Strong, glamorous women in charge of their own sex appeal feature frequently in your films. What about this figure draws you to that image?
Marie Schuller: I’ve always had a mild obsession with intensely strong women. It fascinates me when power becomes so extreme that it appears threatening, sinister or dangerous. In general I like overly dramatic and theatrical characters as well as "types." I never cared about the nice Bond girls. The villain Bond girls were my idea of perfection. Grace Jones in A View To A Kill blowing herself up outside the gold mine is my idea of a "good female character." Who would want to be Moneypenny if you could be the Xenia in Golden Eye?
"I’ve always had a mild obsession with intensely strong women. It fascinates me when power becomes so extreme that it appears threatening, sinister or dangerous." – Marie Schuller
The theme of obsession seems to play heavily in the film, was this something that came from you or Versus?
Marie Schuller: The start for the concept is the designs themselves, and they are very sensual. I imagined the woman to be a goddess-like creature, so powerful in her sensuality and mystery that she almost seems threatening. She represents the source of all the emotions expressed by the boy on the phone: longing, obsession, confusion, anger. Without ever revealing the exact circumstances of the situation, I wanted to create a loose narrative framework that shows what an impact this woman has. This is expressed visually but also by the audio of the phone shots. The woman therefore is rendered into a powerful, energetic, abstract creature that never fully reveals itself from the shadows; she becomes surreal, almost un-real.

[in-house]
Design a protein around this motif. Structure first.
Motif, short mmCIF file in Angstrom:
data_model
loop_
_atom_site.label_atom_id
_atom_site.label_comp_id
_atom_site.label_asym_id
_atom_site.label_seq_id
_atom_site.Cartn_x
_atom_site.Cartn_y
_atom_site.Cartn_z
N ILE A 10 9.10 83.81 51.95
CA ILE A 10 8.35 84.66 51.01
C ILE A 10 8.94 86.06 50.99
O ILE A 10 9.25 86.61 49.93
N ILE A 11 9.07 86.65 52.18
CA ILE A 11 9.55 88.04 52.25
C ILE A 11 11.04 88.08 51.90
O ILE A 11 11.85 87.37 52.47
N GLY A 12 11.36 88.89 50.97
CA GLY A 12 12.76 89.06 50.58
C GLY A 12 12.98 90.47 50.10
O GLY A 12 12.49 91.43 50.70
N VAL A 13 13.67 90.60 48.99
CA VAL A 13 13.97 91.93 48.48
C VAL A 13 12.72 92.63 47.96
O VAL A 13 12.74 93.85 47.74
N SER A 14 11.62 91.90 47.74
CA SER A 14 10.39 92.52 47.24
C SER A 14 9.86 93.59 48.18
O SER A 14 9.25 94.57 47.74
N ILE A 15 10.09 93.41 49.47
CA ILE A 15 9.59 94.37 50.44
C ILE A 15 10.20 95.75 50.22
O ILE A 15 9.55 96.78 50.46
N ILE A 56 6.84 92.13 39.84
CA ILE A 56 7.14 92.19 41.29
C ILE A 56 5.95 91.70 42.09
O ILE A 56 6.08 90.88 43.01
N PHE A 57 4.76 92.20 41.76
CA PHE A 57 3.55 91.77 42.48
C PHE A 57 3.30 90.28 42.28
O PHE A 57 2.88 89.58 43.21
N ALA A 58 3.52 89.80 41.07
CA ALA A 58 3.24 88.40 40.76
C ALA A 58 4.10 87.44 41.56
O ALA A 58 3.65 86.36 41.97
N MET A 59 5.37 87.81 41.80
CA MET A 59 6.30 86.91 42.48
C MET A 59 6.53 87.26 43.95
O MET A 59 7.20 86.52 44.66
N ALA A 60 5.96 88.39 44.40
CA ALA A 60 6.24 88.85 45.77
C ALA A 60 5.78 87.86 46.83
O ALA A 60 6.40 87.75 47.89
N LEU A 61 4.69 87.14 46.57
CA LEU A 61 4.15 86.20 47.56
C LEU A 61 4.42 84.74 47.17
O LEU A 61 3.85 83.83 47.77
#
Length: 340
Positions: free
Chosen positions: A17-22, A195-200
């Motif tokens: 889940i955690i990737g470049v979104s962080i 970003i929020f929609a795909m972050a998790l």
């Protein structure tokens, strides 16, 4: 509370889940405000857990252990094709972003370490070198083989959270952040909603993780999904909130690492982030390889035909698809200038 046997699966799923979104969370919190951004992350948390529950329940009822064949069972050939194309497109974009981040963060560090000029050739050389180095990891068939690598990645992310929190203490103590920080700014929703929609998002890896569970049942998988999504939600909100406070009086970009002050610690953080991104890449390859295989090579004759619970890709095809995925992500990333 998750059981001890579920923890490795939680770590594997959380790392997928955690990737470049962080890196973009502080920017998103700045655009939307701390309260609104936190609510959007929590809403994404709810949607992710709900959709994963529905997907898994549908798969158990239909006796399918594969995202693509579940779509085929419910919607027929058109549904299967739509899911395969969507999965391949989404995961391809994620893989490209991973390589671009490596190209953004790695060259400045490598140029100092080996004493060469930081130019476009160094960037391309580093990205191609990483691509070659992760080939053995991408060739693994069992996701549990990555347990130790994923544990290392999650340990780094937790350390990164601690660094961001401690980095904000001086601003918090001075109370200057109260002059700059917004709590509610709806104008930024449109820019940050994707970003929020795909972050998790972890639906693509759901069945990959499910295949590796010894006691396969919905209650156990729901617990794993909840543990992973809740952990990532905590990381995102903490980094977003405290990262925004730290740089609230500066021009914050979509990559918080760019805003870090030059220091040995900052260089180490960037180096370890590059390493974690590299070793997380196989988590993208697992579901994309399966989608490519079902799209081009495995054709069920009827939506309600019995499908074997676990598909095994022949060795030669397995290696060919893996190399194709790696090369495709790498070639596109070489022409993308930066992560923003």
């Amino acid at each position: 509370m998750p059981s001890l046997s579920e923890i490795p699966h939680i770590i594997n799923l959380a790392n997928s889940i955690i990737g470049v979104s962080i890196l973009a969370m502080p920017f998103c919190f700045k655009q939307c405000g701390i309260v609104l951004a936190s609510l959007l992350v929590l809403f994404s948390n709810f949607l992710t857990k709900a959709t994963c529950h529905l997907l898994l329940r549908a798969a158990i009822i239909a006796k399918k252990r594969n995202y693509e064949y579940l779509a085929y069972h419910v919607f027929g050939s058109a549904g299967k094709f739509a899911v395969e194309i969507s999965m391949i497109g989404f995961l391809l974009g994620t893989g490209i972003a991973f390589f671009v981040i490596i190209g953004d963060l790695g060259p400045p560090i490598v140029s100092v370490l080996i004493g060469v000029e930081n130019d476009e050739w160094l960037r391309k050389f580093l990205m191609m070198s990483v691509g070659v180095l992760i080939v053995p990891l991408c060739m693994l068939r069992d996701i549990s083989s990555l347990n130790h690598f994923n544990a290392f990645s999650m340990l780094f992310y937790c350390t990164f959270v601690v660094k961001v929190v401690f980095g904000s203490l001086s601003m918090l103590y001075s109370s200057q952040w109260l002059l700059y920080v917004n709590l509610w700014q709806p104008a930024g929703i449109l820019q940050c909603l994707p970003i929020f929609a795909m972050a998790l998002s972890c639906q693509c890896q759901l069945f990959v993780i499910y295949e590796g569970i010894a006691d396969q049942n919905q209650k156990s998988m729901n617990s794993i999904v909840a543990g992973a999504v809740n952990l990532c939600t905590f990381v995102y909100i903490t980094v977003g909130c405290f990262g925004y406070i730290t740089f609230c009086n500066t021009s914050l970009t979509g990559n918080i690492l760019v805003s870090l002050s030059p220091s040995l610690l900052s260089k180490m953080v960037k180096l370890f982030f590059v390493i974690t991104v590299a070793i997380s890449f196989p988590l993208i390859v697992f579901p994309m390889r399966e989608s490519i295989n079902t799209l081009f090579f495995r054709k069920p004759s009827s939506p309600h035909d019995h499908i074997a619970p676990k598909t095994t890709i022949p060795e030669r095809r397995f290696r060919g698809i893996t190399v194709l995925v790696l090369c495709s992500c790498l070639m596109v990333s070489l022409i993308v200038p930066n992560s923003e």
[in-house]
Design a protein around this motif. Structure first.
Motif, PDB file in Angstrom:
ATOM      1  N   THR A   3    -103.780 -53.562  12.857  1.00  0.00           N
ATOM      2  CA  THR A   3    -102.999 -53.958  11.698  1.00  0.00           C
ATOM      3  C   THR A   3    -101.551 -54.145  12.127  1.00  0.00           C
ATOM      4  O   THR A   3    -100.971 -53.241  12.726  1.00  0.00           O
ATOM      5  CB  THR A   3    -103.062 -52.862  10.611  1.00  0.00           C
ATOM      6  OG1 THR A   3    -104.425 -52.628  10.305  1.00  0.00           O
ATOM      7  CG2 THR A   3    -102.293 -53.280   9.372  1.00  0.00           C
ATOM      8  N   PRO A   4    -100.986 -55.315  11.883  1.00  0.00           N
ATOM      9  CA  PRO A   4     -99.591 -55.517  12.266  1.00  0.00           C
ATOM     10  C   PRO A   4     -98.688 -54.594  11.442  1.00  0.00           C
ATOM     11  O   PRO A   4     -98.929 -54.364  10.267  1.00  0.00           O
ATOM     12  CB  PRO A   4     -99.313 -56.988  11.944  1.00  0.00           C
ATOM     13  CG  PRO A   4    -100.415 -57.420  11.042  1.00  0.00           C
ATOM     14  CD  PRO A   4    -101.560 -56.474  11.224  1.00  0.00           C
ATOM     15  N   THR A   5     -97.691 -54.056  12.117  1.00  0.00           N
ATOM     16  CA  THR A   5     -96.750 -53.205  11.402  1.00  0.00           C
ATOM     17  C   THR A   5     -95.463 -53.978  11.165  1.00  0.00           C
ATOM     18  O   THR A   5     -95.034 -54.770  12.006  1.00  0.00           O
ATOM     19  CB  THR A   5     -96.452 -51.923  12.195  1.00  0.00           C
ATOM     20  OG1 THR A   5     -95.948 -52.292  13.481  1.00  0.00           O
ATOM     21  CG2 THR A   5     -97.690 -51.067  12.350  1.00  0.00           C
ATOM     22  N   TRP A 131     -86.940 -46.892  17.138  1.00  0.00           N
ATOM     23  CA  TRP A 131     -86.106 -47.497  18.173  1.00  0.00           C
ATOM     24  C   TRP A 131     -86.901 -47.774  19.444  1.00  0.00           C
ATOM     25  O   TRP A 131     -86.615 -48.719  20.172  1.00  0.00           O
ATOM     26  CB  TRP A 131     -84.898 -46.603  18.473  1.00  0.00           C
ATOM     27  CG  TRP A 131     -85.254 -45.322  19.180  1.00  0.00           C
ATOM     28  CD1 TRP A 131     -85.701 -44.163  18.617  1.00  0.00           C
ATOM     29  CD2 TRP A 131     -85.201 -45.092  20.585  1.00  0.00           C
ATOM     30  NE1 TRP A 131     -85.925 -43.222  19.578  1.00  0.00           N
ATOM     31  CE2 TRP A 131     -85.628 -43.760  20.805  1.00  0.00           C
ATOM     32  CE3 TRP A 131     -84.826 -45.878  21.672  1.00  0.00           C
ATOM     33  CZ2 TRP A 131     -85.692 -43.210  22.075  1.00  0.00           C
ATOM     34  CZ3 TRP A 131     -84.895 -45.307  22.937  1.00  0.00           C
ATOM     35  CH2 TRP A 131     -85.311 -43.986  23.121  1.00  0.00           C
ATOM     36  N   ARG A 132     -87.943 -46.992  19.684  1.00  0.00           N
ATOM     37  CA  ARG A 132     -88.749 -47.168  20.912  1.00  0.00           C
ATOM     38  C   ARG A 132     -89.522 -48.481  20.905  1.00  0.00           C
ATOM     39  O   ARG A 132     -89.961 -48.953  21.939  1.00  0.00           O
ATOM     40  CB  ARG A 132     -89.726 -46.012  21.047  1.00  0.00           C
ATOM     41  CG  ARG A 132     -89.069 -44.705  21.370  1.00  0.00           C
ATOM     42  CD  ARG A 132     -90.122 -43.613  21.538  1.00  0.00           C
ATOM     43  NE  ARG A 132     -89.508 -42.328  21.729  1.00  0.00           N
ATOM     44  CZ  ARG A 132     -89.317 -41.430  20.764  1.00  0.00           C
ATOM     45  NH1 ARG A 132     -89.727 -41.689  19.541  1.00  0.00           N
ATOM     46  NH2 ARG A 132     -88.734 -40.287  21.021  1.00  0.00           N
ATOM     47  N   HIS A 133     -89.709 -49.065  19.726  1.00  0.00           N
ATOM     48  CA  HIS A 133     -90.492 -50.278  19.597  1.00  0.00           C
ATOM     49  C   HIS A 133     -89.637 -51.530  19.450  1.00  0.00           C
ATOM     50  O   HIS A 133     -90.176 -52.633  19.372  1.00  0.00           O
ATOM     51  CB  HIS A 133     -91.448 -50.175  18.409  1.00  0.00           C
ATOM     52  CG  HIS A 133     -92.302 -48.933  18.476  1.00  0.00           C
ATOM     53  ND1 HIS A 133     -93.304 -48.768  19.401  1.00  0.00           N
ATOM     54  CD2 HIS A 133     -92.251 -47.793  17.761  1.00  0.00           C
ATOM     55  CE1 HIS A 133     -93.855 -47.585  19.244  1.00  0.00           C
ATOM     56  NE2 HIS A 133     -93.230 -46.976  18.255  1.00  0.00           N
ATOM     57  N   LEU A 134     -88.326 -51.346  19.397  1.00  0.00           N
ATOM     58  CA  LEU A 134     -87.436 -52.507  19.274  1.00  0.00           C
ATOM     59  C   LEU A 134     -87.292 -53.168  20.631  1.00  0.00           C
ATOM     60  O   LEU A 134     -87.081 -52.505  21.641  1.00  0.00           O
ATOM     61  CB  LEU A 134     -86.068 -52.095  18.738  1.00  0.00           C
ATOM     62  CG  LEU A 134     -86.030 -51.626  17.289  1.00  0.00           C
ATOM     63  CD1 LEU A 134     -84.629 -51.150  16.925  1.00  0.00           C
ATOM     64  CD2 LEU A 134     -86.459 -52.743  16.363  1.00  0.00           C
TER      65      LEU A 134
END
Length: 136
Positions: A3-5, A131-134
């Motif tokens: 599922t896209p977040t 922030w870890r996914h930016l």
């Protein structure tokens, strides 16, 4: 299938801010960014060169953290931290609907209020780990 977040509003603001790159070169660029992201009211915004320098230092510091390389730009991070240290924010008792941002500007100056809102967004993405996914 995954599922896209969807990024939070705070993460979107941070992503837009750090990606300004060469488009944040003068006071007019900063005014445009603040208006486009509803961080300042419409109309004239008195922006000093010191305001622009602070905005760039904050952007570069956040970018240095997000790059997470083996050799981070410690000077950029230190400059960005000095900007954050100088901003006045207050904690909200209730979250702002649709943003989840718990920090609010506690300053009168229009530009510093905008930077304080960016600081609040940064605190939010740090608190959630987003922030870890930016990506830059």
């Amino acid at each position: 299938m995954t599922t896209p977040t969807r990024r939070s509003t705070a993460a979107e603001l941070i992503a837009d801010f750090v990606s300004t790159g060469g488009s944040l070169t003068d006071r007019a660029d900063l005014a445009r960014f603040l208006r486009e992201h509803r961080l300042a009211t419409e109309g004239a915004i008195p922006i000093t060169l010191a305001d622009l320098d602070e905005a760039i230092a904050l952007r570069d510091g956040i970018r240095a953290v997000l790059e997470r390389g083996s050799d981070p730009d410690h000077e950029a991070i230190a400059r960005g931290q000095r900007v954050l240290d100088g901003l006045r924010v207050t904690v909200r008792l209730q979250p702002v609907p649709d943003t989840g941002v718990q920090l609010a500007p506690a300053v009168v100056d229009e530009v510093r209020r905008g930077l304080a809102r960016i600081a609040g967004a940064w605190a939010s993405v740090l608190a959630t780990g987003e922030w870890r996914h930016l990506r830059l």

What was it like making this film for Versus?
Marie Schuller: Working with Dazed, DJA and Versus was great! It was all very fast and furious. We had a quick turnaround and little prep time but it all came together on the shoot and things fell into place. Both DJA and Dazed were really supportive and it felt great to know that we all had the same vision for the film. Usually you have at least one corporate voice somewhere during the making of a campaign film who will force you to drop in product shots and commercialise the work in order to make it more accessible. But all parties involved – Versus, DJA and Dazed – were all pushing towards the same goal, which was to create the most impactful and exciting film. I would have never managed to get the level of abstraction and the sort of digital, psychedelic landscape that we created past any other agency or client, so I really appreciate everyone fighting for the same goal and pushing for a creative that felt appropriate and exciting for the Anthony's fashion.
Film direction Marie Schuller; Stylist Emma Wyman; Set design Ciaran Beale; Make-up Laura Dominique at Streeters; Hair Cyndia Harvey at Streeters; Models Hedvig at Next & Robbie McKinnon at Supa